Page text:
7:25 Finding themselves down by as many as 16, L.A. scored four straight to cut the margin to 57-45. But the frontcourt starters had combined to go just 5 of 20 at that point, Jordan Hill missing all five of his shots, mostly while being left alone from the perimeter. World Peace had a put-back layup for his third field goal, but Howard was just 2 for six, plus 7 of 14 from the charity stripe.

0:00 An excellent close to the quarter, spurred by Kobe, had L.A. suddenly within only three points … yet with all that momentum built, Cleveland barely hitting a shot in the period, the Lakers allowed Irving to pull-up for a three-pointer that beat the buzzer and kept the Cavs up 68-62. Cleveland had scored only 11 points until that triple.

8:36 Kobe was still cooking, trying to will the Lakers as his 13th field goal in 21 attempts gave the league’s leading scorer 31 points, and kept Cleveland’s lead at four. But L.A. had still yet to get over the hump. Case in point: the lead was cut to two when Howard hit two free throws (10 of 18 in the game), but Irving answered with an and-1 as the shot clock expired, L.A. trying not to show its frustration.

3:44 Howard hit 1 of 2 free throws to cut the lead to four, and Irving and World Peace exchanged three pointers … but the Cavs then scored yet again on screen/roll, this time Varejao getting a dunk off Irving’s feed to make it a 91-85 deficit for L.A. with three minutes to play. L.A., 9-12 coming in, was staring four games under .500 in the face.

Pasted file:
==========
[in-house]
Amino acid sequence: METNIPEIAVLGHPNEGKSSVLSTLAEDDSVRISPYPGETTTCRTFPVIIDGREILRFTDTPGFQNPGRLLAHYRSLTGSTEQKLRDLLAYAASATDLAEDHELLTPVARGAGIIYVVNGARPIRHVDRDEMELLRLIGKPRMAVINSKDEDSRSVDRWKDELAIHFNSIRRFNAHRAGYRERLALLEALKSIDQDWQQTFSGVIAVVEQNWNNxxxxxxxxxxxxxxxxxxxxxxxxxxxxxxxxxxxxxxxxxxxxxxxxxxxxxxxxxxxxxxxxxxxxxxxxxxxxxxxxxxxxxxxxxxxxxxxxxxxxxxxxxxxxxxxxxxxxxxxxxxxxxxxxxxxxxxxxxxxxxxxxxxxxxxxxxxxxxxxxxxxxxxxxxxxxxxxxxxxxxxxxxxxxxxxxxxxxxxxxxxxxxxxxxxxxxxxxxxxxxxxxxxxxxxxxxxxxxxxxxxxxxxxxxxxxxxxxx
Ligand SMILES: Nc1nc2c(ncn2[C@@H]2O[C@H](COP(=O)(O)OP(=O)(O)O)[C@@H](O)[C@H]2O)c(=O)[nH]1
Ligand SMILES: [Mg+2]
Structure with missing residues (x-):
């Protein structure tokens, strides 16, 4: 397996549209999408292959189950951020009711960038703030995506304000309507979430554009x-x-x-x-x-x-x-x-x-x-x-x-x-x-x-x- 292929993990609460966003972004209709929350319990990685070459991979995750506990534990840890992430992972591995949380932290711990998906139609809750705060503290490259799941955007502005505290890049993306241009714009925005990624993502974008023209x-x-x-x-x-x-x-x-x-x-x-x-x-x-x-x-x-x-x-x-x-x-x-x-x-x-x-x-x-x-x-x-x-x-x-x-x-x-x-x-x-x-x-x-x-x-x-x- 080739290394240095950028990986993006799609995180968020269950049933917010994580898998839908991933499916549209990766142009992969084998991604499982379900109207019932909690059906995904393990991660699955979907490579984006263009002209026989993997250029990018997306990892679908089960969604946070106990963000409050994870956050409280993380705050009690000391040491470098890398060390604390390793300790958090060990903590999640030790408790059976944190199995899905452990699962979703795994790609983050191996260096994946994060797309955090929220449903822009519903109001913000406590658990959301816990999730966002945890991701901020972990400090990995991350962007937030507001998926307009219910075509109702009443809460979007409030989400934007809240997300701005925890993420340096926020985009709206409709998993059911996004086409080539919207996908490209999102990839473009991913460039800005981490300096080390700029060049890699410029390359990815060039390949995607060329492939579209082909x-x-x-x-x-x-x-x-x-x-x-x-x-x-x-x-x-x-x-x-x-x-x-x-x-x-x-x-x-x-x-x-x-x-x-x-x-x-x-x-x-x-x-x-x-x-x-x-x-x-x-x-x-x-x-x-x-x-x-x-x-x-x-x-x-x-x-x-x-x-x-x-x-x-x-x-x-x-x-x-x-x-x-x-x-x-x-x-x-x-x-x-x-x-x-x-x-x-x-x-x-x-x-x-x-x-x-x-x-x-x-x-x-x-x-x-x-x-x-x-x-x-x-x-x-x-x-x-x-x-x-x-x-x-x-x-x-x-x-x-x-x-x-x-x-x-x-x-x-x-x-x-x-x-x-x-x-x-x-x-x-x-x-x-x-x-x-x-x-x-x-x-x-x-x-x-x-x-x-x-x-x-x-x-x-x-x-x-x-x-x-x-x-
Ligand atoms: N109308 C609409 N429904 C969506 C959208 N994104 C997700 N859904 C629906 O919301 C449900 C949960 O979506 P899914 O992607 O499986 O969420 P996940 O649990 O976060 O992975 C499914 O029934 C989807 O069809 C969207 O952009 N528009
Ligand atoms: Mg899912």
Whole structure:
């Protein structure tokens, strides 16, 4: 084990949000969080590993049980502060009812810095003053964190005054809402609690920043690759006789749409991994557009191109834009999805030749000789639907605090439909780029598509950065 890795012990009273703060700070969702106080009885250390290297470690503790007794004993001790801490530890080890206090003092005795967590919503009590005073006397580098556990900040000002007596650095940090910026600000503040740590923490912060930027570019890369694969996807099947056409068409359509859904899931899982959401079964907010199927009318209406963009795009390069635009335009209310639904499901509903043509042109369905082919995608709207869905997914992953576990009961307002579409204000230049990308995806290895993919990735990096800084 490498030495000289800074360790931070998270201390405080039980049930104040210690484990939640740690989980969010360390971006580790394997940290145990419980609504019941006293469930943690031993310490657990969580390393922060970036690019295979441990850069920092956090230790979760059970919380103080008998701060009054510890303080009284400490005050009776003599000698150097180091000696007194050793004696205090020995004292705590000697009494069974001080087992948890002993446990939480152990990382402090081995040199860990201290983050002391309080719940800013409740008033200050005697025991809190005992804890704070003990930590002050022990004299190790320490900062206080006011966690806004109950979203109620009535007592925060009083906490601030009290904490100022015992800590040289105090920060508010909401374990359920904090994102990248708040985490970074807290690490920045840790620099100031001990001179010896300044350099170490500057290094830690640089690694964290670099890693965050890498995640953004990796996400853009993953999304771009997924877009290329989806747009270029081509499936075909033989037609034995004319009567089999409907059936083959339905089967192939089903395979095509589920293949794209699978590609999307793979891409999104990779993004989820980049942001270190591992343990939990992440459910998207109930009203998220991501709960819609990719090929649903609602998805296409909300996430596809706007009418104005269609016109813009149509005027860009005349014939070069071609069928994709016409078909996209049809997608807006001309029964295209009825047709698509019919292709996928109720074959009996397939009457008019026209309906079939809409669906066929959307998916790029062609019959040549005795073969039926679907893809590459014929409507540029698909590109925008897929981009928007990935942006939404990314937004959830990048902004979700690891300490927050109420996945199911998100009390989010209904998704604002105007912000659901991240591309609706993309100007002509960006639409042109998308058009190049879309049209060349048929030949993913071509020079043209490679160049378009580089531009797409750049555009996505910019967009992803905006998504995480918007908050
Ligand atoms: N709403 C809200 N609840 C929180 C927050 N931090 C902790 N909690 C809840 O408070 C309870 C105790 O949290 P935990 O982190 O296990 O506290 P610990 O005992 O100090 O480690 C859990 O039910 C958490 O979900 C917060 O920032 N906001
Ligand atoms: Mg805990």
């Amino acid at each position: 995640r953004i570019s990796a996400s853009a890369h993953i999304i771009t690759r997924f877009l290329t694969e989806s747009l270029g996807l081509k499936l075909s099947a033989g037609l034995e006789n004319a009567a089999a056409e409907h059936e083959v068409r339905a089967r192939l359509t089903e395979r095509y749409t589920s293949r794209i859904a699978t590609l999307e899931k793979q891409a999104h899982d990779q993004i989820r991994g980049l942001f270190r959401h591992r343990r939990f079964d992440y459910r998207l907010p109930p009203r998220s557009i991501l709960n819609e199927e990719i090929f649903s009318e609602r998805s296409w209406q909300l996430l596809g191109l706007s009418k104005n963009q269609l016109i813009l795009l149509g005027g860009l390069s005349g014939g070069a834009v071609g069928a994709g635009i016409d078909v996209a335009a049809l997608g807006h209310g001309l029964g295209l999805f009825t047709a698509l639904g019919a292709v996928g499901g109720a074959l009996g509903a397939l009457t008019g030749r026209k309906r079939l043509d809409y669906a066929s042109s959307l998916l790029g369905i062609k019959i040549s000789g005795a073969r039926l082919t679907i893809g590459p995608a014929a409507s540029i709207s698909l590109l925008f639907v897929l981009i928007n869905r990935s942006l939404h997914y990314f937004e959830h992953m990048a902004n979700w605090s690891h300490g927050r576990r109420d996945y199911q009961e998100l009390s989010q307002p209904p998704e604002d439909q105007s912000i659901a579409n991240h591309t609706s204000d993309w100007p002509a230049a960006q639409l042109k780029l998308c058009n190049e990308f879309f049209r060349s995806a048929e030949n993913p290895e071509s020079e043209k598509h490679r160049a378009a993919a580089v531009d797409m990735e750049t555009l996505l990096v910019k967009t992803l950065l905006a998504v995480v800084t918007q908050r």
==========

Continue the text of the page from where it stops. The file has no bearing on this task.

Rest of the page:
0:00 It just wasn’t working for the Lakers, who had cut it to five and gotten a stop before MWP’s open three rimmed out. Varejao hit a jumper on the other end with 48 seconds left, then hit two free throws after Bryant’s three made it a three-point game. The final: Cavs 100, Lakers 94. The Lakers are indeed 9-13, as hard as it might be to believe even without Steve Nash and Pau Gasol. Since Gasol went out with knee tendinitis, they’d won only once in five games, and were nine games behind the Western leaders in the loss column.

Gasol to Miss 5th Straight

Lakers power forward/center Pau Gasol will miss his fifth consecutive game on Tuesday night at Cleveland.

The Spaniard said he’s feeling better compared to where he was before missing his first game last Tuesday at Houston, but knows it would not be prudent to return too early.

His knees first became problematic in the preseason, but he sat out only one game at the time and tried to push through the pain. However, the effect on his game was obvious, as the career 50+ percent shooter was at a career-low 42 percent from the field. Coach Mike D’Antoni noted that he wasn’t “moving real good,” and was “struggling a little bit physically.”